Of course, survival time depends on several things. First, the earlier a patient’s disease is caught, the longer they may be expected to live. In a study published in the Journal of Thoracic and Cardiovascular Surgery, researchers determined that patients with Stage I or II mesothelioma had much better odds of surviving two, three or even four years, compared to those with Stages III or IV.

The same report noted that pleurectomy/decortication and EPP are the two operations associated with the highest likelihood of prolonged survival.

Another benefit of surgery is that it often provides comfort for mesothelioma patients. In fact, the NCI currently categorizes all MPM procedures as palliative, meaning they do not cure the disease but they may ease chest pressure and make breathing easier.

There are a number of operations for MPM, some more extensive than others. A thoracentesis, in which fluid is drained from the pleura, is one of the simplest and most common procedures. More radical is the pleurectomy/decortication, which involves the removal of one lung and as much tumor mass as possible. Finally, the EPP is the most radical, removing as it does a lung, the lung and heart linings, and most of the diaphragm. Each surgery may provide pain relief or extend survival.

How surgery can be counterproductive

Sadly, not all operations for MPM increase a patient’s lifespan – or, if they do, it may be by a matter of weeks or months only. In the British Journal of Surgery, a pair of surgeons summarized the difficulties by pointing to Lionel Shriver’s memoir of dealing with MPM, titled So Much for That:

She plots the course, from diagnosis to death, of a woman with abdominal mesothelioma in present-day America. Fourteen months after being given a one-year expectation of life, her doctors run out of options and the family runs out of money. The oncologist comforts her bankrupt husband saying “we’ve probably extended her life a good three months.” The bitter irony of “good” strikes the spouse, but seems lost on the doctor.

Such situations are not the standard, but they do happen. It is best to know that while surgery can (and often does) help, it also may not.

Consider whether doctors believe an operation will make your loved one more comfortable. Talk to them, take some time to think about it and, in the end, do what you think is best.

Mesothelioma Treatment by Stage

surgery tableSome treatments come into play in nearly all cases of malignant pleural mesothelioma (MPM), while others are used much more sparingly. If you or a loved one has been diagnosed with the disease, you’re almost certainly curious to know: Which treatments will be available? Does the regimen vary by stage of illness? Will I have a choice of treatments?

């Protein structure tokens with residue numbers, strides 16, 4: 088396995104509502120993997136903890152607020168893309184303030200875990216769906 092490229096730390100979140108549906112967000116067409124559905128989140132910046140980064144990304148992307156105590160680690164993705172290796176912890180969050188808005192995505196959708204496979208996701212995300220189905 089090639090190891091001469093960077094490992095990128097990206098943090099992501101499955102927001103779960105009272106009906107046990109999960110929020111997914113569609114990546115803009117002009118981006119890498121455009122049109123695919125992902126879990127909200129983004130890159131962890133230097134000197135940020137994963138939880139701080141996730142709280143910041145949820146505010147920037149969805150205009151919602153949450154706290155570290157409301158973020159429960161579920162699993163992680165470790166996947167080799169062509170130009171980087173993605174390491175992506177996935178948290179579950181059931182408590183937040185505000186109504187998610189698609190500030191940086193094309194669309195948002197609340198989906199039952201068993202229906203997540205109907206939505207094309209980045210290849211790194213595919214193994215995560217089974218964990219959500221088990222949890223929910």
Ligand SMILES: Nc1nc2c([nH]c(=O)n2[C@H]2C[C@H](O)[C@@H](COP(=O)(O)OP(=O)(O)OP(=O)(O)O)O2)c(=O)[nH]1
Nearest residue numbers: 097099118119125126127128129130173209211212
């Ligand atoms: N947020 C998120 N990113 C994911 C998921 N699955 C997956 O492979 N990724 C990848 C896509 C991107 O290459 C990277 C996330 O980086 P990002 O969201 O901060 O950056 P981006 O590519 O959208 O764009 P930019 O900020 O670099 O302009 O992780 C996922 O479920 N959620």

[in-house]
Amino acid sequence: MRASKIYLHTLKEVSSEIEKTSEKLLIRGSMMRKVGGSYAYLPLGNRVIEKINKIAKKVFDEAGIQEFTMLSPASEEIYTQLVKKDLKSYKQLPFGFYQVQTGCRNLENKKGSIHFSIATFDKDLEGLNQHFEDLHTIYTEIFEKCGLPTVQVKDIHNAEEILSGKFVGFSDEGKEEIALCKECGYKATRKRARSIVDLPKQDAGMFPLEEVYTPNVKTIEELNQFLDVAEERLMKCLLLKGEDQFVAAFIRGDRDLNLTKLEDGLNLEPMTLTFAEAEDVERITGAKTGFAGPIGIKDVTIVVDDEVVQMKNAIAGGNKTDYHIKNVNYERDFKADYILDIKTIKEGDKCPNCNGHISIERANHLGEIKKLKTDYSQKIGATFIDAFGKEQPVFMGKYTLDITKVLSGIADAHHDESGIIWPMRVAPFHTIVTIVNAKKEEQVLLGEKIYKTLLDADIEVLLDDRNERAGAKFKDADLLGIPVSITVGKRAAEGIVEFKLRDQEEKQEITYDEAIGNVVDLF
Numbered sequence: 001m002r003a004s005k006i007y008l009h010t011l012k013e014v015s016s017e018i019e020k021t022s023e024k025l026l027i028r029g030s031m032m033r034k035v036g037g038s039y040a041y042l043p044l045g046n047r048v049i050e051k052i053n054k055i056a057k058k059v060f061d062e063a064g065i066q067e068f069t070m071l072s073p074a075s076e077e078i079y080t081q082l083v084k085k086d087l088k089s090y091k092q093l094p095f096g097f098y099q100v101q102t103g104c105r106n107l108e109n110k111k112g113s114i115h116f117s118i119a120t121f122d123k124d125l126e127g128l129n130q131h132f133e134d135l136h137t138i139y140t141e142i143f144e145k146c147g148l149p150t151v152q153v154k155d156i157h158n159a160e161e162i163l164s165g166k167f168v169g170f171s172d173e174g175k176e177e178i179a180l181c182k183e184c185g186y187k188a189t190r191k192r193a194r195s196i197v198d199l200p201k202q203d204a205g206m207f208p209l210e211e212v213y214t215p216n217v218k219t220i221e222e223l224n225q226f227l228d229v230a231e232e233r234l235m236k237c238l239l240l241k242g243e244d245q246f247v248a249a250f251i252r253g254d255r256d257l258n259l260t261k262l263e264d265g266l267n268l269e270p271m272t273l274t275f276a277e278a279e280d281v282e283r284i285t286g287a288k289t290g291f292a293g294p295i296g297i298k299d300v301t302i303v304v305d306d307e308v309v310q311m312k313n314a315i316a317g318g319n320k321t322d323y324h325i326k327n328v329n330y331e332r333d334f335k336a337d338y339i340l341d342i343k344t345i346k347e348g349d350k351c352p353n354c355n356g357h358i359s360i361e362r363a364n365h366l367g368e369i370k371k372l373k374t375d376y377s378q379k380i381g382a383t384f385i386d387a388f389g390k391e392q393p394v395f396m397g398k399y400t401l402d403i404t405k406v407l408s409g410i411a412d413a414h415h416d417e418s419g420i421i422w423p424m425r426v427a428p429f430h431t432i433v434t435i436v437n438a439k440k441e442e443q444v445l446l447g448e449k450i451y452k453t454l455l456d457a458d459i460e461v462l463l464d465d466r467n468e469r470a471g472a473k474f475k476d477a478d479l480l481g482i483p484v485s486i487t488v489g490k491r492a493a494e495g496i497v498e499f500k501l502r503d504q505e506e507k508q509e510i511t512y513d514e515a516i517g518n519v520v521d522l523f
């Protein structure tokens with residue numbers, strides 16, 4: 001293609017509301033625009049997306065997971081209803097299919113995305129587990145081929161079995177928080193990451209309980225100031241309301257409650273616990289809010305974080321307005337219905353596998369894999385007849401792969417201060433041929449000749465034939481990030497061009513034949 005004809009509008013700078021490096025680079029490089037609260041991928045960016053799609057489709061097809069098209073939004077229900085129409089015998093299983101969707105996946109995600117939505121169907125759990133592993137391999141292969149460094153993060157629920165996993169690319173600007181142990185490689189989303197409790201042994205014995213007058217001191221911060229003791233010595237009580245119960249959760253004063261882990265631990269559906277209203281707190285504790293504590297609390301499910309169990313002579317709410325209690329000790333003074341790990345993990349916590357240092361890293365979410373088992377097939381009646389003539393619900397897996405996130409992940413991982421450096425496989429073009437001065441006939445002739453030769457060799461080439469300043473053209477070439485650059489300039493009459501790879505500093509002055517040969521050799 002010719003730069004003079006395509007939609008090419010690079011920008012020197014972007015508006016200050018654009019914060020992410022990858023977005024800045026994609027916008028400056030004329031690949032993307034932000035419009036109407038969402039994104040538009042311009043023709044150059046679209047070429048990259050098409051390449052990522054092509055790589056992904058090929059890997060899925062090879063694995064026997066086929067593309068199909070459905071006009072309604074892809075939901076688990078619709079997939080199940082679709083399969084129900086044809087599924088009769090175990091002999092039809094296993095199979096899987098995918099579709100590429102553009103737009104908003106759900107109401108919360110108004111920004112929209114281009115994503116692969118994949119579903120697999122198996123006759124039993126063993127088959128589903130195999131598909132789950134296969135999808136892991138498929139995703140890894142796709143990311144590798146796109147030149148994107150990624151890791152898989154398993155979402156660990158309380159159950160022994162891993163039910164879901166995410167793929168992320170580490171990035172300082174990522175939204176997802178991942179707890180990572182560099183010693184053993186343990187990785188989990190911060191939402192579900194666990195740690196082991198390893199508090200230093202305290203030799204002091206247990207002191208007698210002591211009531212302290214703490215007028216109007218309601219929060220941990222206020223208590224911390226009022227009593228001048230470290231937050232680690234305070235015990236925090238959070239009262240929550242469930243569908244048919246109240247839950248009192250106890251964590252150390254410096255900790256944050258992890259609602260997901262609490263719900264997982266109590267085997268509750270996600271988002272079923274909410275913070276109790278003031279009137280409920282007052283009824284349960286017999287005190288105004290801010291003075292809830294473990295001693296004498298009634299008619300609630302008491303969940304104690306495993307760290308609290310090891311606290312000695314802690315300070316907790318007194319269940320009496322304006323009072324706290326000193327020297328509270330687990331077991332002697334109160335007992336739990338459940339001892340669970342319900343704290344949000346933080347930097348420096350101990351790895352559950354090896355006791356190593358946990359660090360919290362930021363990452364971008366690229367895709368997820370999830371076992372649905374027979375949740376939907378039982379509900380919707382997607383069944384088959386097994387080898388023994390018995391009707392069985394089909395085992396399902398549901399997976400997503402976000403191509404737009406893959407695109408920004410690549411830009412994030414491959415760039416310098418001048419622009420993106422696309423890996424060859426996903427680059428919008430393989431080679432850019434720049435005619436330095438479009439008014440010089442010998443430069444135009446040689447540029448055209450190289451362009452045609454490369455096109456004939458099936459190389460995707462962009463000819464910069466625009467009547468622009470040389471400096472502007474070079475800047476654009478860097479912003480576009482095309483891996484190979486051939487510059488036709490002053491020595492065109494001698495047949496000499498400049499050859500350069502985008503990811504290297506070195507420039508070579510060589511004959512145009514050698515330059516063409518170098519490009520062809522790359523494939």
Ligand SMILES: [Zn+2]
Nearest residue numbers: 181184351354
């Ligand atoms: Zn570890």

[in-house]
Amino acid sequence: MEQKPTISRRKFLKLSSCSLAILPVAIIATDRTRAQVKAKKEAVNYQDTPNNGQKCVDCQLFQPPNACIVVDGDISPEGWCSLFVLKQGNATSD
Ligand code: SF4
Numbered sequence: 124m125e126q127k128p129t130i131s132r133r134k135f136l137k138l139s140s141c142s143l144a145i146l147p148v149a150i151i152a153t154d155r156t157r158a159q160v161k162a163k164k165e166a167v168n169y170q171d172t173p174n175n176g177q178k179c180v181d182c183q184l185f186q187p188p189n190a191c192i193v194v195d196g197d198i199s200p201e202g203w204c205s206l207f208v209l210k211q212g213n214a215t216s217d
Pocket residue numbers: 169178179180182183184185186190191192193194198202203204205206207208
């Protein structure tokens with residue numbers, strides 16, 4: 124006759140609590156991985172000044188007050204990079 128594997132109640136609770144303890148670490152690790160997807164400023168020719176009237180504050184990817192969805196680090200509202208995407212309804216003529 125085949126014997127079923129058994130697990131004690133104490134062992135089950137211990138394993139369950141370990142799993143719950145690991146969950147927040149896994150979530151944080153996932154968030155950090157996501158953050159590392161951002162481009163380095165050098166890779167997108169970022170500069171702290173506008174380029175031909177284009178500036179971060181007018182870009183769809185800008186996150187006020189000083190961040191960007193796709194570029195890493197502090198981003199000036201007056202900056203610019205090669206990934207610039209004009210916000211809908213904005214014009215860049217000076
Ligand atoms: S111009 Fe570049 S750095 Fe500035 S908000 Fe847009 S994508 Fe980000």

These are important questions, and at Kazan, McClain, Lyons, Greenwood and Harley, we encourage you to ask them. Your doctors and legal counsel will be able to fill you in on the treatments available for each stage of mesothelioma.

MPM is measured in four stages, with the first being considered local, and the other three categorized as advanced. If mesothelioma is caught in its early stage, it is usually by accident. However, a history of asbestos exposure can help contribute to early diagnosis, since doctors know that the mineral is the sole proven cause of mesothelioma.

Many MPM patients receive chemotherapy and radiation. These modes of treatment help shrink tumors and slow malignant growth. Surgeries, on the other hand, are more dependent on MPM stage.

As a rule of thumb, the less invasive a procedure is, the more often it is used. For example, fluid draining is a very common minor surgery for MPM, one that nearly all patients will undergo. All draining surgeries end in the suffix –centesis (e.g. thoracentesis, paracentesis and pericardiocentesis). In each case, surgeons insert a needle into the chest cavity to drain built-up fluid and relieve pressure.

Surgical resections (that is, removal of tissue) are also quite common, but the extent depends on disease stage. In debulking and pleurectomy/decortication, doctors remove as much tumor mass as they can while leaving the organs mostly intact. The operations are usually utilized for stages I, II and sometimes III.

A more radical surgery, known as extrapleural pneumonectomy (EPP), comes into play when MPM is more advanced, as in stages II and III. In an EPP, surgeons take out the diaphragm muscle, the chest cavity lining, the sac surrounding the heart and one lung.

Stage IV mesothelioma is typically considered “unresectable,” meaning it is so advanced and a patient is so weak that surgery is not an option.

Two things to keep in mind:

1. There is no one-size-fits-all treatment for MPM. Every case of mesothelioma is different, and doctors take many wellness factors into account before recommending certain procedures.

2. All treatments for MPM, surgical or otherwise, are considered palliative. This is because, for now, none is curative. However, treatments ease the tumor burden and improve comfort level, two very important benefits for people living with mesothelioma.